Cosmic star formation rate: a theoretical approach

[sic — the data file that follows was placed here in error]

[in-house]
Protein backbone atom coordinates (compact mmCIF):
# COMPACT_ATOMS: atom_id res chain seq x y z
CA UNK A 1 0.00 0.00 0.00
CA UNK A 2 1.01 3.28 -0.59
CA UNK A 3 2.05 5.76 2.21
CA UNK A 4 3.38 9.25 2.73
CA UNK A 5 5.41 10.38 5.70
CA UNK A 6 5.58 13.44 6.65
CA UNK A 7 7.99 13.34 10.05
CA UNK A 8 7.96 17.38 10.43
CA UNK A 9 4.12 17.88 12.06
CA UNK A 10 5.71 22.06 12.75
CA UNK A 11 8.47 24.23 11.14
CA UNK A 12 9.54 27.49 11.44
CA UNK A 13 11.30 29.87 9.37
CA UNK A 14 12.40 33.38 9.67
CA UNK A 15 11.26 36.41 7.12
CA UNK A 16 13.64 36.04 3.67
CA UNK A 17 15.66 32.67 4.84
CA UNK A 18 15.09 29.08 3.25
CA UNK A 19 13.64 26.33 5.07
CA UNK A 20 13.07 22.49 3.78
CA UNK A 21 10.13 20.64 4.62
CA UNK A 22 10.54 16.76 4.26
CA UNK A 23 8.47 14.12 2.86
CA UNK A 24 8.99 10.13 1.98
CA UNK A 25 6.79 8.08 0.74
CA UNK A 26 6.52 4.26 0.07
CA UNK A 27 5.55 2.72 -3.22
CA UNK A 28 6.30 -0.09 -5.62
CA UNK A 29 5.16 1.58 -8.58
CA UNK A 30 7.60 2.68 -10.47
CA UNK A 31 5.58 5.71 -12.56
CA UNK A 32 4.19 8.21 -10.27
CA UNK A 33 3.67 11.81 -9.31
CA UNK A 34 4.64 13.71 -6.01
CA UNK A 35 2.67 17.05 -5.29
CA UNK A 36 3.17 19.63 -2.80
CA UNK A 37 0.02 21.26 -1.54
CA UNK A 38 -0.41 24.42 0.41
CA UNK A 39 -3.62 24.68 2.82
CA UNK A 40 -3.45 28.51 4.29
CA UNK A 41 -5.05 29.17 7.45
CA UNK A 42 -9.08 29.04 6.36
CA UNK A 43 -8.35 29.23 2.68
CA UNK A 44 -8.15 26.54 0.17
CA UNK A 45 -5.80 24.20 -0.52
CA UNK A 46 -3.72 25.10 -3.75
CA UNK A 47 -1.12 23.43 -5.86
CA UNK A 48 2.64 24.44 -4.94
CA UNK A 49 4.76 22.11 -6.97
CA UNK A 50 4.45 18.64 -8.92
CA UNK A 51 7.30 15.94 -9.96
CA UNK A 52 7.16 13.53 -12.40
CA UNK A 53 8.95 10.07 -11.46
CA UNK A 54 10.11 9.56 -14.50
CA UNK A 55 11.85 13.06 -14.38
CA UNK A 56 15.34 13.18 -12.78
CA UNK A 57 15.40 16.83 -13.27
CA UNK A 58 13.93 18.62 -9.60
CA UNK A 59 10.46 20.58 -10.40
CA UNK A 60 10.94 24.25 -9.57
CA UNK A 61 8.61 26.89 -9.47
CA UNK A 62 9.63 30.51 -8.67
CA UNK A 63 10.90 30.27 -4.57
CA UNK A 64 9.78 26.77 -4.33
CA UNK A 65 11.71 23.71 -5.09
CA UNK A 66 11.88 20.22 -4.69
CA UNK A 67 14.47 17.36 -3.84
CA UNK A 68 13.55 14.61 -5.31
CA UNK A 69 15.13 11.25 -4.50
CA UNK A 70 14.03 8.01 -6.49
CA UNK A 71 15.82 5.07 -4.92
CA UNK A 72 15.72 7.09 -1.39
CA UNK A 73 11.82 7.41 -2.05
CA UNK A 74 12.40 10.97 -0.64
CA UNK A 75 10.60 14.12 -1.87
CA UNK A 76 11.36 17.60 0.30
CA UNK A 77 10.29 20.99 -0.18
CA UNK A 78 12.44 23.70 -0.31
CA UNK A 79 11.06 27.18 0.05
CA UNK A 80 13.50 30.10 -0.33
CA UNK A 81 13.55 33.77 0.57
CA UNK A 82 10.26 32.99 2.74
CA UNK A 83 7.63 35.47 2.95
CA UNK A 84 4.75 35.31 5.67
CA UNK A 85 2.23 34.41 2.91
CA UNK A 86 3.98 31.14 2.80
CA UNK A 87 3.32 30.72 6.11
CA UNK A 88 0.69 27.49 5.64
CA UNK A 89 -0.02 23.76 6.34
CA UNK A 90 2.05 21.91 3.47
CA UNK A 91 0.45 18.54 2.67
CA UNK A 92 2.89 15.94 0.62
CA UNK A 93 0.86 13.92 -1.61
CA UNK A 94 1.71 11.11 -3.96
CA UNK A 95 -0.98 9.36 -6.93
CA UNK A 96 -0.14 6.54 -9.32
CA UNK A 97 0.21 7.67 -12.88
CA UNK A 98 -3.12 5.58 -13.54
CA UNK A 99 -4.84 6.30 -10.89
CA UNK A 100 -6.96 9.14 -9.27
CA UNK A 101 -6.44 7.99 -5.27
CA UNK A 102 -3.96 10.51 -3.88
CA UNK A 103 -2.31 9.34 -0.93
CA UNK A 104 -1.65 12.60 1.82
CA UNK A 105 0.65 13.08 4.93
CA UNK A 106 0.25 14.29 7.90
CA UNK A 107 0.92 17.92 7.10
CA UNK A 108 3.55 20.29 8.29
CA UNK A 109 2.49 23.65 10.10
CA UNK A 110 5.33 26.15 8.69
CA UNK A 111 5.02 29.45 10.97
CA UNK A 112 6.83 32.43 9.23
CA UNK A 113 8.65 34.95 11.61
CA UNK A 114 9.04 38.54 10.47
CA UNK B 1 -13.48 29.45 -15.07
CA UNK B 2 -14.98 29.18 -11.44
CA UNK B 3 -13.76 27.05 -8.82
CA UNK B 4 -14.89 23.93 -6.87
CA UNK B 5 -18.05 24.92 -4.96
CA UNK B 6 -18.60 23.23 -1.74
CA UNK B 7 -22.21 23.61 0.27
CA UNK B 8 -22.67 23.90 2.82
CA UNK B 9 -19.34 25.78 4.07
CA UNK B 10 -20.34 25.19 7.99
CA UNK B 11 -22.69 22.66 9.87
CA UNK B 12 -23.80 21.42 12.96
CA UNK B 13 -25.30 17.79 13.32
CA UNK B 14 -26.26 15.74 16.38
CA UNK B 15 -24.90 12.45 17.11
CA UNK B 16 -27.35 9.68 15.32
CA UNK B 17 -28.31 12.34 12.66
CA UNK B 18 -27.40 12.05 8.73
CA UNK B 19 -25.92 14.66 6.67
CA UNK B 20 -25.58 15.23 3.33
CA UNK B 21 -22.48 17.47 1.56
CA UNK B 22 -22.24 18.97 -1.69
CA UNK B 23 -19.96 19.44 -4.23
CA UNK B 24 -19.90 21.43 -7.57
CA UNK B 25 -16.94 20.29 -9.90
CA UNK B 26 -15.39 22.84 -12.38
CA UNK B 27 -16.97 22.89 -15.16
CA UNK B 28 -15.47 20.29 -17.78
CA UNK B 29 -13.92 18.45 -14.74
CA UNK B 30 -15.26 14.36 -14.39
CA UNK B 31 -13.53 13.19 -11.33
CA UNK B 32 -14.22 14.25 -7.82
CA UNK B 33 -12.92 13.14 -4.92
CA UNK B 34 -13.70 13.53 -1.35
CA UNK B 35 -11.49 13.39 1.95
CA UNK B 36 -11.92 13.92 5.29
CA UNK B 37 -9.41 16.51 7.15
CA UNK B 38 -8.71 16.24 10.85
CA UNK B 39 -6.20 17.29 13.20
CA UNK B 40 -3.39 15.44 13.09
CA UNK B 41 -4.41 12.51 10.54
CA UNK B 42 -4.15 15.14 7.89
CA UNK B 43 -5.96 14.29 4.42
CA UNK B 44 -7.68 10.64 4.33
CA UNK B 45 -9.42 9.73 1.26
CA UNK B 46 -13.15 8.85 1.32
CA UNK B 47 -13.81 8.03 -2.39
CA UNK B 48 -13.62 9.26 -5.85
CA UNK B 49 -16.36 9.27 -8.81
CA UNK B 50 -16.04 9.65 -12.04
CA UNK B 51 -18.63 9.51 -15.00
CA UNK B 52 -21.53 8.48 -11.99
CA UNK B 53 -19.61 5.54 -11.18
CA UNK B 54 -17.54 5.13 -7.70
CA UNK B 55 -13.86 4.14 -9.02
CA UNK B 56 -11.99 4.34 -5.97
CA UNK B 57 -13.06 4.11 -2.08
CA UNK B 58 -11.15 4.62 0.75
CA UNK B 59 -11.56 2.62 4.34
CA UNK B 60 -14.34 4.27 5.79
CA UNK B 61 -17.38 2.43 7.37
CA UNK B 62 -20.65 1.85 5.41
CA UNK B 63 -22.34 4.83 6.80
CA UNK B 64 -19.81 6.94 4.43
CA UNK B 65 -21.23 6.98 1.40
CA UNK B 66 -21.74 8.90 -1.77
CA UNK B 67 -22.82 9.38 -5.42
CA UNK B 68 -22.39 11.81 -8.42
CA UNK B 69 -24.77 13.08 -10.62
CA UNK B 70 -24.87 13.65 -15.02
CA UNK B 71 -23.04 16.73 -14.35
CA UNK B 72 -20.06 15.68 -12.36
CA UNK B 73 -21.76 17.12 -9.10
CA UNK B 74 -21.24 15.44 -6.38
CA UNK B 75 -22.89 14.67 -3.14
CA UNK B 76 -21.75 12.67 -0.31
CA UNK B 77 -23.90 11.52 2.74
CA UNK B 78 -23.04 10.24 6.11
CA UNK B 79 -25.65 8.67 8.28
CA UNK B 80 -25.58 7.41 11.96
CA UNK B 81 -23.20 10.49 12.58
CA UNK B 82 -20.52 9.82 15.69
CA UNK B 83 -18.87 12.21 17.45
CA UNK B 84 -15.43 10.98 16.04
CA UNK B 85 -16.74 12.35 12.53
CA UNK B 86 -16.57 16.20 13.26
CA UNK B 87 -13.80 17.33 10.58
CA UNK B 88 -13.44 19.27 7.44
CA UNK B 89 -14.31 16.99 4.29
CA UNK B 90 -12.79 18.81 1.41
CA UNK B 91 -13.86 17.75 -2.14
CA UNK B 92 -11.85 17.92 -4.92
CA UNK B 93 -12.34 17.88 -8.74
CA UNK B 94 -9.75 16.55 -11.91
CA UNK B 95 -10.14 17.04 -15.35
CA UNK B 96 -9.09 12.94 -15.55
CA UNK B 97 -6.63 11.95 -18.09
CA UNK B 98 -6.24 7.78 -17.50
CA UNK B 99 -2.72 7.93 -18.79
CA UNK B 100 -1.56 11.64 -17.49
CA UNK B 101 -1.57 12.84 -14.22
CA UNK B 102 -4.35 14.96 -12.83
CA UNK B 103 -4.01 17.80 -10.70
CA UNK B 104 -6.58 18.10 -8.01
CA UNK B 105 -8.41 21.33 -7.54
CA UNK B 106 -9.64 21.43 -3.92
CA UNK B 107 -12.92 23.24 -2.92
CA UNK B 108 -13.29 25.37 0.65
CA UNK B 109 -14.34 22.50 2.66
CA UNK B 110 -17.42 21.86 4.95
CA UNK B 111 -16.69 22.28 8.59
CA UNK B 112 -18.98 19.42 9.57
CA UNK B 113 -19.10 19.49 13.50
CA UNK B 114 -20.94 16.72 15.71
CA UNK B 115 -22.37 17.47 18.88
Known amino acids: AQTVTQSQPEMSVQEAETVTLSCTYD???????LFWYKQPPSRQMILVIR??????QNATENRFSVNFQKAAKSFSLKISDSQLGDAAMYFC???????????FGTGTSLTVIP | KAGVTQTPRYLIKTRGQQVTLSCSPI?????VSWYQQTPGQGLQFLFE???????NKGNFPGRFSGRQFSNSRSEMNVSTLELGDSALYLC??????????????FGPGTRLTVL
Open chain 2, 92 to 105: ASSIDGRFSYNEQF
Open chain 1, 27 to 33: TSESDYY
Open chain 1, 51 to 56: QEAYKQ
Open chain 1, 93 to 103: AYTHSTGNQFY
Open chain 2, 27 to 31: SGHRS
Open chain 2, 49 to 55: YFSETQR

The cosmic star formation rate (CSFR), namely the SFR in a unitary comoving volume of the Universe, is an important clue to investigate the history of the assembly and evolution of galaxies. Here, we develop a method to study the CSFR from a purely theoretical point of view. Starting from detailed models of chemical evolution, which best fit the properties of local galaxies, we obtain the histories of star formation of galaxies of different morphological types (ellipticals, spirals, irregulars). These histories are then used to determine the luminosity functions of the same galaxies by means of a spectrophotometric code. We obtain the CSFR under different hypothesis about galaxy formation scenarios. First, we study the hypothesis of a pure luminosity evolution scenario, in which all galaxies are supposed to form at the same redshift and then evolve only in luminosity without any merging or interaction. Then we consider scenarios in which the number density or the slope of the luminosity functions is assumed to vary with redshift. After comparison of our results with the data available in the literature, we conclude that a pure luminosity evolution does not provide a good fit to the data, especially at very high redshift, although many uncertainties are still present in the data because of the unknown dust corrections and assumed initial mass function. On the other hand, a variation in the number density of ellipticals and spirals as a function of redshift can provide a better fit to the observed CSFR. We critically discuss the possible scenarios for galaxy formation derived from this finding. We also explore cases of variable slope of the luminosity functions with redshift as well as variations of number density and slope at the same time. We cannot find any of those cases which can fit the data as well as solely the number density variation. Finally, we compute the evolution of the average cosmic metallicity in galaxies with redshift and show that in the pure luminosity evolution case the ellipticals dominate the metal production in the Universe, whereas in the case of number density evolution are the spirals the main producers of metals.